Note: This column was published in The American Philatelist in the April 2019 issue.
The American Philatelic Society’s Expert Service (APEX) has been in existence since its first certificate was issued in 1903. In fact, the idea to offer the service was one of the original reasons for establishing the APS in 1886. Then as now, keeping “weeds” out of the album was the best way to allow collectors to get the full enjoyment of the king of hobbies.
But 116 years of service does not mean APEX is resting on past laurels. Our present certificates are the results of having a committee of more than 160 experts in nearly every area of collecting where identification problems may exist. Five generations on, today’s experts are as committed as their predecessors to helping members today keep the chaff out of the wheat, protecting the interests of philately along with the philatelists.
Batum 1919 blk 25-ruble on 5-kopeck claret Russia Coat of Arms, Scott 33.
While writing more than 6,000 APEX certificates, I have seen a significant number of opinions worded to indicate that further research and reflection has gone into examining the items submitted. Our experts have their own reference collections of stamps, covers and literature, as well as years of experience in their collecting interests that add solid support to their opinions. Additionally, the Expert Service has access to the APS Reference Collection of about 550 albums of genuine material and 50 binders of spurious items, offering us great comparison material when needed. And bear in mind that just down the hall is the American Philatelic Research Library, a world center for philatelic research and one that we frequently visit for additional information to support our conclusions.
We asked APRL Library Technical Services Specialist Betsy Gamble for a thumbnail assessment of its resources. It took her three whole minutes to consult the Philatelic Union Catalog and reply, “We have 1,727 instances of ‘Forgeries’ as a subject heading in books, catalogs, exhibits, etc., and 5,506 instances of ‘Forgeries’ as a subject heading in the article citation database.”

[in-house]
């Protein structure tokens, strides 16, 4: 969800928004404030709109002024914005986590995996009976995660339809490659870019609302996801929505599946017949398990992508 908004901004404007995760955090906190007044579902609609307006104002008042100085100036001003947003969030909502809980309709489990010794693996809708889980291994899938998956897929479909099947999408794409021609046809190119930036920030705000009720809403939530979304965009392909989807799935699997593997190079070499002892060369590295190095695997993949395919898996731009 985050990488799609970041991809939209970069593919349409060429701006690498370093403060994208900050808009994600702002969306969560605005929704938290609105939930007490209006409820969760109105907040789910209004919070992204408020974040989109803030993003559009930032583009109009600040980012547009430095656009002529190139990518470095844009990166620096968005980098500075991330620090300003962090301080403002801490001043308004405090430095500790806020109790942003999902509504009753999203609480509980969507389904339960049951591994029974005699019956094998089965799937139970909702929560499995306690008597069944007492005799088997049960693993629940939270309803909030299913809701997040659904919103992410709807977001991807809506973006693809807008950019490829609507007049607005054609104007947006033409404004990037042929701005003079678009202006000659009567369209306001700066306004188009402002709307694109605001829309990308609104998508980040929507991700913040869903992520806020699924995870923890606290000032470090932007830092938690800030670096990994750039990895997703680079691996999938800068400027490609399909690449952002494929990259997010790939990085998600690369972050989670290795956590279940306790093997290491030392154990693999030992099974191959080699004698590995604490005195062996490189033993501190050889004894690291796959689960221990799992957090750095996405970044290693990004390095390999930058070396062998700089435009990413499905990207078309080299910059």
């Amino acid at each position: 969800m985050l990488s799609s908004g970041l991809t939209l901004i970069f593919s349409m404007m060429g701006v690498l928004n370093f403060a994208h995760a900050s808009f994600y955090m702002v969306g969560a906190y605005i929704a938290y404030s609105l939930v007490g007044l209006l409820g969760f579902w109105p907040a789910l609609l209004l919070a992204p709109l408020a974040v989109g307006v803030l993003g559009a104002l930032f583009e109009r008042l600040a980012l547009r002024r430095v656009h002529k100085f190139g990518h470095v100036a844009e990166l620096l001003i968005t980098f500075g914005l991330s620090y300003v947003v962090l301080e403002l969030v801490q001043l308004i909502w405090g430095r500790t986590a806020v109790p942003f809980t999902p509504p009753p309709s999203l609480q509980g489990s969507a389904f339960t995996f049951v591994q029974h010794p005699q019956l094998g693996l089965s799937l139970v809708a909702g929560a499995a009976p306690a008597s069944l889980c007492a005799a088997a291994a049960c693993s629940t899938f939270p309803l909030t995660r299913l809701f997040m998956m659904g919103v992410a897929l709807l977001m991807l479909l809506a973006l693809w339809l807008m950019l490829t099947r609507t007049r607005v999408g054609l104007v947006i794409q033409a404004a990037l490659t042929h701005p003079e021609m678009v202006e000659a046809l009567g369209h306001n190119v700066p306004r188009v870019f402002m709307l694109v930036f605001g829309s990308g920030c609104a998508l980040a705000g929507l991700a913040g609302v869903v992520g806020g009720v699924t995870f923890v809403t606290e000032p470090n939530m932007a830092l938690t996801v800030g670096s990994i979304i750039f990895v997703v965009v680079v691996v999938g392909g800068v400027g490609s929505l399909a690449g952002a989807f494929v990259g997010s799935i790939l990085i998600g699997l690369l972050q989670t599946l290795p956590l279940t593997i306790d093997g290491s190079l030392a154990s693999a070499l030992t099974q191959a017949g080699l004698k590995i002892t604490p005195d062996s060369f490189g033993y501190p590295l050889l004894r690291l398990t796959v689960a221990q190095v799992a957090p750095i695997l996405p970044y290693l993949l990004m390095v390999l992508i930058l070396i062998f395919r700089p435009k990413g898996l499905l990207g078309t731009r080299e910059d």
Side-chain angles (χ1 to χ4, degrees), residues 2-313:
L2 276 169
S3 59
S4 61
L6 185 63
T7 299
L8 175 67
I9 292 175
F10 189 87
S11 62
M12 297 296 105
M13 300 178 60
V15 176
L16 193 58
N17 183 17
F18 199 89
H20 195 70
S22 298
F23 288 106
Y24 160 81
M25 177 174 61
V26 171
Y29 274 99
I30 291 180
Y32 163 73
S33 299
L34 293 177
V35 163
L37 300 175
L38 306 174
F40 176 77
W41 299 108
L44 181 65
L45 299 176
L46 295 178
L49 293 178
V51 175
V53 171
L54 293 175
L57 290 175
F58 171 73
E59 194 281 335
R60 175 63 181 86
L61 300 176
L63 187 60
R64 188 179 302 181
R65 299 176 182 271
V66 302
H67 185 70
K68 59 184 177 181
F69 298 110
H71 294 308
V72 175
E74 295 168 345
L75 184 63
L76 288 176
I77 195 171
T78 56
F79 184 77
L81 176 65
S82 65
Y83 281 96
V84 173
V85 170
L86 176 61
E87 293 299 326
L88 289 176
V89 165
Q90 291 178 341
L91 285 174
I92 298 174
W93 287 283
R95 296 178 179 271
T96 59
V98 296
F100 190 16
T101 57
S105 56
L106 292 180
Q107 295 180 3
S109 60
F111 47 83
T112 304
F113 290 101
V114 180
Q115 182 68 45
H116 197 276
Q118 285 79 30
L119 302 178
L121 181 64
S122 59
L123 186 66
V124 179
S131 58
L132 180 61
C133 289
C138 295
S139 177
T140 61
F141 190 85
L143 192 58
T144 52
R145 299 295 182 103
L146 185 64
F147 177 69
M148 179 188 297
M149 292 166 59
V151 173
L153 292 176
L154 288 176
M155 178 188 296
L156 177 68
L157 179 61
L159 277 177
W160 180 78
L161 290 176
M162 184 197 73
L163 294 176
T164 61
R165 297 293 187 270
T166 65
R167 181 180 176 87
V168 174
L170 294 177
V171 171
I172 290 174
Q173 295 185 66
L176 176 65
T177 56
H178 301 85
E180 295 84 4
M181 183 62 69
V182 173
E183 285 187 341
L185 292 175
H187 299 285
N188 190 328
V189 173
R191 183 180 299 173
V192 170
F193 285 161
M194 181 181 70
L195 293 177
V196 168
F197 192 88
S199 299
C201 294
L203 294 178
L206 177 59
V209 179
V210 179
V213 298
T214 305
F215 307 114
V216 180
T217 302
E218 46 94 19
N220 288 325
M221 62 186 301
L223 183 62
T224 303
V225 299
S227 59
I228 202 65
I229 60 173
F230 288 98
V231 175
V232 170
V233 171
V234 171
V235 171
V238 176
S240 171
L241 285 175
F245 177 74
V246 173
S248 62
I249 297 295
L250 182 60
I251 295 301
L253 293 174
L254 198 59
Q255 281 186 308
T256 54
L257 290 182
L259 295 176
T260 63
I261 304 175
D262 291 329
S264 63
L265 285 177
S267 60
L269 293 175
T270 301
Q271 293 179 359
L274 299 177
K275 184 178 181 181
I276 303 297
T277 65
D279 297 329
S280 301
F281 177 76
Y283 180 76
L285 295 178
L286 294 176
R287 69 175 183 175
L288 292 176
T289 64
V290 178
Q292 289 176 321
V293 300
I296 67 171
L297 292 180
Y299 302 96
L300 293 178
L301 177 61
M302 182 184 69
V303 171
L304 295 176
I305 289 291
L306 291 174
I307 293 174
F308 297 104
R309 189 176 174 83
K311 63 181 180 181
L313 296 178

Of course, that doesn’t necessarily include “counterfeits,” “facsimiles,” “postal forgeries,” “fakes” and other categories of bogus material that come to our attention from time to time. I ran the numbers for those four categories and came up with totals of more than 1,133 books, catalogs and exhibits, and over 2,531 articles. Shown here, in alphabetical order, is a partial list of countries and collecting areas for which we issued APEX certificates in 2018 — the top 42 of the 217 countries and areas from which material was submitted to us for certification. Bushire, Batum, Heligoland and Samoa are just four of the 175 other stamp-issuing entities covered by our experts within the last year.
Italy is on the list, and we can refer to our reference collection to make a determination on stamp identity. However, Italy is one area for which we have had a difficult time finding someone to serve as an expert, as is the French Colonies area. If we have the stamps in the reference collection, we may be able to certify them. If someone steps up to expertize these two areas, we will note that online and in future columns.
| Cape of Good Hope
| Confederate States
|| Netherlands Indies
|| United States
Of course we also have file cabinets with additional literature in the form of clippings of articles noting the details for identifying counterfeits, fakes, forgeries and reprints.
APS departments refer to the Reference Collection. StampStore has buyer questions about posted items on the site and they offer to have an item certified before finalizing a purchase, if requested by the buyer. Our Editorial Department is regularly borrowing stamps to scan for article illustrations in The American Philatelist. Circuit Sales and Education have an occasional need to check items as well. Additionally, visiting experts and collectors of all levels have browsed through albums doing their own research.
We do not send albums out to members, but are happy to open our doors and our albums when they visit Bellefonte. Experts, in particular, have helped us with some tricky identification issues in their expert areas. Our turnaround time from submitting an item to APEX to receiving it back with our results averages about 45 to 55 days. However, we ask that you allow for 90 days, especially when an item is particularly difficult to authenticate and must be sent to one or more other experts. When a stamp has returned from the expert review, it might have to wait as other, earlier items are processed.
APEX has the experts, the reference collection and the historical documentation. APEX has one thing more, as well: the APEX Guarantee. The short version is that the APS will compensate the owner of a philatelic item that has been wrongly certified as genuine or misidentified by an APEX certificate. We expertize your stamps, and we stand behind our opinions. APEX does not offer an express service or a quantity discount, but we do offer you the World — and our guarantee.
More detailed information may be found at stamps.org/services/stamp-authentication.
Editor's Note: The “Expertizing” column was originally published in the April 2019 issue of The American Philatelist. We are bringing the archives of The American Philatelist to the Newsroom - to read back issues of The American Philatelist, click here and scroll down to the Back Issues section.